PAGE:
The plot was not believable in the slightest, but the book was a great read. The jacket described the characters as "eccentric" but that's not the right word. Some were ornery, some desperate, some hateful, but I wanted to know what would happen to all of them. What was believable was the setting, both the inhabited and uninhabited parts of the countryside.

One random thing that stuck out to me was the lack of technology. The story is set in the late '90s and it is pretty remarkable to note the
...more
Patricia
A neighborhood peopled with encentrics.....slow to change, It usually takes a tornado, or a disgraced school teacher, or other disaster......and change is on its way again....Get a comfortable seat and a cool drink, this one is a page turner.

They are all flawed...but are all special.
Page 206. "he decided that the only time a man really knew God was when he knew God was different than folks said he was. That was when he figured it out for himself, and all the better if it disagreed with what was
...more
Aj
I have never forgotten this book. I need to read it again (and want to!) because even though I haven't forgotten the essence of this book (haunting, Michigan rural themes, quirky characters) I have forgotten the details...needed for a review!

Bonnie Jo Campbell (Michigan!) is a great writer. I was privileged to see her leading a panel of authors talking about writing at the Kerrytown Concert House last fall at the book discussion last year at the Kerrytown Book Festival.


Elisabeth
I unwittingly stumbled on a theme of rural farmland in the last year. (Driftless, Snow Child, Once Upon a River, Mudville, off the top of my head.) This is the first book to Campbell's book Once Upon a River (though it takes place later...too confusing to explain but obvious once you start reading.) It centers on one day and neighbors along Q road. I found it fascinating. I loved all of the daydreaming characters -- so many daydreams that we don't really wish to happen, sometimes a few that we d ...more
David
I think this is actually my favorite out of Campbell's writing yet. Maybe I'm just more of a land person than a river person, but there is something in this book that really tugs at me inside. The writing is amazing as well. Each sentence is warm and perfect. I like the way this one advances through different characters at once, exploring the main storyline while exploring each character and their interrelation to each other. I would recommend this one to anyone who can read.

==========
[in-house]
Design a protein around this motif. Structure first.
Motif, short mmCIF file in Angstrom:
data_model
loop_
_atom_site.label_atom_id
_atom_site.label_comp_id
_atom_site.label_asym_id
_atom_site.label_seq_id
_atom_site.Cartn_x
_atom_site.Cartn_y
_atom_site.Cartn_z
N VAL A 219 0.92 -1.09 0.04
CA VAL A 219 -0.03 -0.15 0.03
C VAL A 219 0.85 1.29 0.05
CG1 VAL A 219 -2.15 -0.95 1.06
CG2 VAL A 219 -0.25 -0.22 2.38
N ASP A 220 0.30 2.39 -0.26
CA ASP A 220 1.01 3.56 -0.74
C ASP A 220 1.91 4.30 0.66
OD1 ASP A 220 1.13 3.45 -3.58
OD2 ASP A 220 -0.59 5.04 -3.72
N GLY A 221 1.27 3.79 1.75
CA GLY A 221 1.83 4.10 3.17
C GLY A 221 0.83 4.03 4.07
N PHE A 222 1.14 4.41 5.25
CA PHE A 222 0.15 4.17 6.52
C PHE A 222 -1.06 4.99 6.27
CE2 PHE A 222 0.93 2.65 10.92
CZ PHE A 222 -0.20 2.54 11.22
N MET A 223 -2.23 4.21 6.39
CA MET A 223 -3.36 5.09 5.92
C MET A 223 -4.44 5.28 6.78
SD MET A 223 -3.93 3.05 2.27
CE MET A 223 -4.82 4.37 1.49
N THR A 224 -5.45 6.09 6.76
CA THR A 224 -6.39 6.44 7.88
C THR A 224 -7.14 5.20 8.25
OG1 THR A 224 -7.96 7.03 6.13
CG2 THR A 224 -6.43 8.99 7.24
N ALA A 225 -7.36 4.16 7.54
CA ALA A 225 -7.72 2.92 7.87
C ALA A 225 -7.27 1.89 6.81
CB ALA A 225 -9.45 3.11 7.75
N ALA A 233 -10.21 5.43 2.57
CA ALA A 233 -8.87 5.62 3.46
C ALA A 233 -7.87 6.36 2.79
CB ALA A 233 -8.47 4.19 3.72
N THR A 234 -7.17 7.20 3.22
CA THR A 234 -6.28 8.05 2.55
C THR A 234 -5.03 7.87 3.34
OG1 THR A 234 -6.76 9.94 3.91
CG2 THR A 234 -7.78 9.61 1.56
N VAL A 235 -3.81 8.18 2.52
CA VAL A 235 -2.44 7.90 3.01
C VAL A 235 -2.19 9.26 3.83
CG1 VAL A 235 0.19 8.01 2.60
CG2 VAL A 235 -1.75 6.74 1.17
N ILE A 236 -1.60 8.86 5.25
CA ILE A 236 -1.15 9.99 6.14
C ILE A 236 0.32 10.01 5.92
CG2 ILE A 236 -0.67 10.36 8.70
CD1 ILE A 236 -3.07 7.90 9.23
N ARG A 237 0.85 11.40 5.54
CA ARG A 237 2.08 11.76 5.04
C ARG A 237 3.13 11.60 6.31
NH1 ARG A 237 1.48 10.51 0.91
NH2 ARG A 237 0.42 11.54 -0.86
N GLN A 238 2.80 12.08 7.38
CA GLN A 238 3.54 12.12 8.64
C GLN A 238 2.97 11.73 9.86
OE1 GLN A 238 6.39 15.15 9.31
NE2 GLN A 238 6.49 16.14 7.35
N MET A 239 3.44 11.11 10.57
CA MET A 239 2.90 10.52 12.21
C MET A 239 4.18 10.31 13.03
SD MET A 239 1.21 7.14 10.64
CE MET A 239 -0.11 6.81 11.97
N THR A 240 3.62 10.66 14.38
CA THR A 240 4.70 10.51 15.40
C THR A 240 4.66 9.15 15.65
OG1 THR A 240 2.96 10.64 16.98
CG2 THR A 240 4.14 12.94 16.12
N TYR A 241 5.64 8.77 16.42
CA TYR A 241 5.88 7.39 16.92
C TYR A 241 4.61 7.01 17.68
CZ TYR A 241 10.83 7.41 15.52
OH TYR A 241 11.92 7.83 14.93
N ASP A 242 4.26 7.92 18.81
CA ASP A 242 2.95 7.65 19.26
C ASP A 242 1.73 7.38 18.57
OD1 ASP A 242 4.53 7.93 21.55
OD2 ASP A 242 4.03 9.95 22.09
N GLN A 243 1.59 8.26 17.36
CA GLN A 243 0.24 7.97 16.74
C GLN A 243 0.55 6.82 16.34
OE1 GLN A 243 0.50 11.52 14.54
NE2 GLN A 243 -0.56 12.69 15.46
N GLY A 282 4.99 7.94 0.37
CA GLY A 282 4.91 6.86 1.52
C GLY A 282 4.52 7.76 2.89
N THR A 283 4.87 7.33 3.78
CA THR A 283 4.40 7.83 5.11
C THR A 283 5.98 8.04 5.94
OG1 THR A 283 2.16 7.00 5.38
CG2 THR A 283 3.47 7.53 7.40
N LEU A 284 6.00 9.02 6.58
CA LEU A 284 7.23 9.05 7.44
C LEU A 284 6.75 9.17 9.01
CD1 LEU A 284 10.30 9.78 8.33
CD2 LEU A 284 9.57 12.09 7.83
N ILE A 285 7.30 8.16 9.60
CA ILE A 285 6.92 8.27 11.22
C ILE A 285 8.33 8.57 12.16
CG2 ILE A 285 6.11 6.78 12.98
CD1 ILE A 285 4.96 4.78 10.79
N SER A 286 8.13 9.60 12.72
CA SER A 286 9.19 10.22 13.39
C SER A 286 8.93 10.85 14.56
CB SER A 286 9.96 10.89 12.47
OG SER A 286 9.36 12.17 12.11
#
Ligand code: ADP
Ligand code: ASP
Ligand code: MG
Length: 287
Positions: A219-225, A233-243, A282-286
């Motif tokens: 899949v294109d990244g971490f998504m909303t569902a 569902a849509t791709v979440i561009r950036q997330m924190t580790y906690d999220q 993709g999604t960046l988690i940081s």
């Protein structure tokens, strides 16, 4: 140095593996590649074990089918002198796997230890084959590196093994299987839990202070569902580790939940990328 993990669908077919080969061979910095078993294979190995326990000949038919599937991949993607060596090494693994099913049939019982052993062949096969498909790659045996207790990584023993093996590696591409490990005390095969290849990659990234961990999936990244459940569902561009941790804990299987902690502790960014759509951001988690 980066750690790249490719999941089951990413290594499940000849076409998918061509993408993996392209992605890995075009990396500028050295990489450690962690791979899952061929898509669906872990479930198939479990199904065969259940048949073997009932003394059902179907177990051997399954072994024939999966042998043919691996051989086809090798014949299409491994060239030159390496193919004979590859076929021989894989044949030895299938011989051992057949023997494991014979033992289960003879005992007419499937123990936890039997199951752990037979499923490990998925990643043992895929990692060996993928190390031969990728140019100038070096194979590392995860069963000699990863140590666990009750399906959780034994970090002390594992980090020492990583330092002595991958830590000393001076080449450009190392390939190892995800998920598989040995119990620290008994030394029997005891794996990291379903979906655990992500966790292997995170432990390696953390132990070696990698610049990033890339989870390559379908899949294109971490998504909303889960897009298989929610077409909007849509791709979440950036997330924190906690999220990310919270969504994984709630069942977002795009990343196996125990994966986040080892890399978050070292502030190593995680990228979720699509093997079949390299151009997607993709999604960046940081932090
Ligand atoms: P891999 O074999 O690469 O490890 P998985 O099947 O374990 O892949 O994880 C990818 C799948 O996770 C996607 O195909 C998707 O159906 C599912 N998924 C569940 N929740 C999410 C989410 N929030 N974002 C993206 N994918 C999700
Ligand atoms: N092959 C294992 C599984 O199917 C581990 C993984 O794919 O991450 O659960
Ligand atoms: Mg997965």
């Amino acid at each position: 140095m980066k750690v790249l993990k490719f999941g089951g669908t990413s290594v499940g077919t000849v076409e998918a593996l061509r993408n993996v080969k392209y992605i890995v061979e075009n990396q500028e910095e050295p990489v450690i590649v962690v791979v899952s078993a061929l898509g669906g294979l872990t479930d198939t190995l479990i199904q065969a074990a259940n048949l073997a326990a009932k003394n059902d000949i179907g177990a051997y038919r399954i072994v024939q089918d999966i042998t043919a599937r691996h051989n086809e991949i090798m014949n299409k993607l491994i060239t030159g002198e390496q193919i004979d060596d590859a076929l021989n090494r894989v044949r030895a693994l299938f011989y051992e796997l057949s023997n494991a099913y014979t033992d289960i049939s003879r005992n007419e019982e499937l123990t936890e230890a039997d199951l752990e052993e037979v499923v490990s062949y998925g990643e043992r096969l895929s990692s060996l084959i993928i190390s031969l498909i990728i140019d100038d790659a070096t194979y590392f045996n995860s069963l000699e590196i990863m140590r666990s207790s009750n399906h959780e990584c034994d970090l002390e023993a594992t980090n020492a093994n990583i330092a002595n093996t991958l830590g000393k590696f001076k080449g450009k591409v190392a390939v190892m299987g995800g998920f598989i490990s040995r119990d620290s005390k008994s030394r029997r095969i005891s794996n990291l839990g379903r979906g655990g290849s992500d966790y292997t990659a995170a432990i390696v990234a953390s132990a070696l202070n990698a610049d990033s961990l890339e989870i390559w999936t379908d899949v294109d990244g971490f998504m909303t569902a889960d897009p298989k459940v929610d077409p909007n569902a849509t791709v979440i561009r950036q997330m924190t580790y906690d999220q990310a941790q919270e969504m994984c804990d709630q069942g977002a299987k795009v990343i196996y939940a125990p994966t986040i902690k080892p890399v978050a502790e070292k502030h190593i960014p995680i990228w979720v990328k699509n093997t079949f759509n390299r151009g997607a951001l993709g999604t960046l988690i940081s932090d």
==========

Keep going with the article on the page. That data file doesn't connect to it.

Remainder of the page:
Alisa
Somewhat awkward in the structure and writing compared to Once Upon A River, I was none-the-less happy to read this book so I that could revisit Margo's world and see what became of her child, the land-loving gardener Rachael. Farmer George Harland was also a great character, as was David. Some of the others I could of skipped (definitely could've skipped the alien-obsessed lady and the window salesman and his wife, but April May Rathburn was interesting).
Melanie Ullrich
I was shocked when I started reading this to find out that my favorite book, Once Upon a River, was the prequel to this book. I was happy to find out what happened to Margo and her daughter, although the outcome is typical Bonnie Jo Campbell bitter-sweet. I love how Campbell can interweave gardening and the simple farm life into a a tragic, yet touching glimpse into a small communities everyday interactions.
Julia
Q Road was written before Once Upon a River but takes place after. This story follows Margo's daughter Rachel. After reading Once Upon a River, I promised myself I'd read more by Campbell. I was not disappointed. She is a strong contemporary American author, and her books are as wild and unique as her characters and the land they inhabit. I will definitely be reading more by Bonnie Jo Campbell.